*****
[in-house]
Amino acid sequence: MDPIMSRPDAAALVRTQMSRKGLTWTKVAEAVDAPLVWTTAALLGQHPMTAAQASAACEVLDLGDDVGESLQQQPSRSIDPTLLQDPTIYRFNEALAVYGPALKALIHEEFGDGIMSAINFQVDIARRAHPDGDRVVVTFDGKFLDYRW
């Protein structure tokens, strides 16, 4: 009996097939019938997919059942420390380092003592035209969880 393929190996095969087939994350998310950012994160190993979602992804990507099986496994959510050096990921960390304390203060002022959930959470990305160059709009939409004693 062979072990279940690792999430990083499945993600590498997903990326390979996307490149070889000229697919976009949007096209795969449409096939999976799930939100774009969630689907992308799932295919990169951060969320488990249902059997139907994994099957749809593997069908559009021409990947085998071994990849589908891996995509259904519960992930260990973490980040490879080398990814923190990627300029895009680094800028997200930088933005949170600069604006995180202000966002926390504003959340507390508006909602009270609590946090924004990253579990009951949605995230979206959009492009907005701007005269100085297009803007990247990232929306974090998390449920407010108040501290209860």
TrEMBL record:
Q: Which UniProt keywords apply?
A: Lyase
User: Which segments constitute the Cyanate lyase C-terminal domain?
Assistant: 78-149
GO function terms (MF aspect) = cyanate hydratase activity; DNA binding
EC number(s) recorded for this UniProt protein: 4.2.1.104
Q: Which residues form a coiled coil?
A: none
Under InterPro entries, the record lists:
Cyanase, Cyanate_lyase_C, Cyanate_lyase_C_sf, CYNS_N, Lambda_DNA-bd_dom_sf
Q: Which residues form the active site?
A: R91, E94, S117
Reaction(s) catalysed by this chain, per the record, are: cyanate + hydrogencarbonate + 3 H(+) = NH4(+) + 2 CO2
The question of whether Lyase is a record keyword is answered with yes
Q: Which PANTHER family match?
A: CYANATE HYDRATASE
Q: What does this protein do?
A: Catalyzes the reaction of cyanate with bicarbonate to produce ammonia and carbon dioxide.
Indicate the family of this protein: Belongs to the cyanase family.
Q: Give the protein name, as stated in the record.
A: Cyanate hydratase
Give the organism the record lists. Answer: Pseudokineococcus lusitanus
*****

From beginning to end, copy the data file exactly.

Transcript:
[in-house]
Amino acid sequence: MDPIMSRPDAAALVRTQMSRKGLTWTKVAEAVDAPLVWTTAALLGQHPMTAAQASAACEVLDLGDDVGESLQQQPSRSIDPTLLQDPTIYRFNEALAVYGPALKALIHEEFGDGIMSAINFQVDIARRAHPDGDRVVVTFDGKFLDYRW
């Protein structure tokens, strides 16, 4: 009996097939019938997919059942420390380092003592035209969880 393929190996095969087939994350998310950012994160190993979602992804990507099986496994959510050096990921960390304390203060002022959930959470990305160059709009939409004693 062979072990279940690792999430990083499945993600590498997903990326390979996307490149070889000229697919976009949007096209795969449409096939999976799930939100774009969630689907992308799932295919990169951060969320488990249902059997139907994994099957749809593997069908559009021409990947085998071994990849589908891996995509259904519960992930260990973490980040490879080398990814923190990627300029895009680094800028997200930088933005949170600069604006995180202000966002926390504003959340507390508006909602009270609590946090924004990253579990009951949605995230979206959009492009907005701007005269100085297009803007990247990232929306974090998390449920407010108040501290209860």
TrEMBL record:
Q: Which UniProt keywords apply?
A: Lyase
User: Which segments constitute the Cyanate lyase C-terminal domain?
Assistant: 78-149
GO function terms (MF aspect) = cyanate hydratase activity; DNA binding
EC number(s) recorded for this UniProt protein: 4.2.1.104
Q: Which residues form a coiled coil?
A: none
Under InterPro entries, the record lists:
Cyanase, Cyanate_lyase_C, Cyanate_lyase_C_sf, CYNS_N, Lambda_DNA-bd_dom_sf
Q: Which residues form the active site?
A: R91, E94, S117
Reaction(s) catalysed by this chain, per the record, are: cyanate + hydrogencarbonate + 3 H(+) = NH4(+) + 2 CO2
The question of whether Lyase is a record keyword is answered with yes
Q: Which PANTHER family match?
A: CYANATE HYDRATASE
Q: What does this protein do?
A: Catalyzes the reaction of cyanate with bicarbonate to produce ammonia and carbon dioxide.
Indicate the family of this protein: Belongs to the cyanase family.
Q: Give the protein name, as stated in the record.
A: Cyanate hydratase
Give the organism the record lists. Answer: Pseudokineococcus lusitanus